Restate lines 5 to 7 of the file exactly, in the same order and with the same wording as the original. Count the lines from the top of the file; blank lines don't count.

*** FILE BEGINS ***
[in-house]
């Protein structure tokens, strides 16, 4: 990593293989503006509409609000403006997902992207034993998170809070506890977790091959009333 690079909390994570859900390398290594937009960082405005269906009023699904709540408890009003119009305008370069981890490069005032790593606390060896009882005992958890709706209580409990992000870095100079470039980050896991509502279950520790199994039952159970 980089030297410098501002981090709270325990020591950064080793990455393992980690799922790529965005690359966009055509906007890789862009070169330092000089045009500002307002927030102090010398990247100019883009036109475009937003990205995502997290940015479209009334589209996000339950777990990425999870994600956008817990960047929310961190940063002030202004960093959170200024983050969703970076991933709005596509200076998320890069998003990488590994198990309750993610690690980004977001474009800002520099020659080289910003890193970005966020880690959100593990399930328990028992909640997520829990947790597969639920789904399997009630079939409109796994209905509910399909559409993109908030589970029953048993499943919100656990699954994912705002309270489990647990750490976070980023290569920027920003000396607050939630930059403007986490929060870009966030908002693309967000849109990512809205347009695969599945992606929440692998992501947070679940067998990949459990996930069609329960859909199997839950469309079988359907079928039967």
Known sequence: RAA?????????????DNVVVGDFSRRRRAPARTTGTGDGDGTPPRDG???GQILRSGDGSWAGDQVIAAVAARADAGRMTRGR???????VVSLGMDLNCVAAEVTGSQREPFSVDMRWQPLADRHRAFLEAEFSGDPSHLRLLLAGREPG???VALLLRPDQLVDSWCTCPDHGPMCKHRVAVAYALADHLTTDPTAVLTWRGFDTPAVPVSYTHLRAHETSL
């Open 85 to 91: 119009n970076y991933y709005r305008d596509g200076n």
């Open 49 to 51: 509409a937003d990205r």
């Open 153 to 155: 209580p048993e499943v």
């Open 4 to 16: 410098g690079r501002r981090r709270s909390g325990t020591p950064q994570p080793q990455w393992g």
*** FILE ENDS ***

């Open 49 to 51: 509409a937003d990205r």
């Open 153 to 155: 209580p048993e499943v």
């Open 4 to 16: 410098g690079r501002r981090r709270s909390g325990t020591p950064q994570p080793q990455w393992g």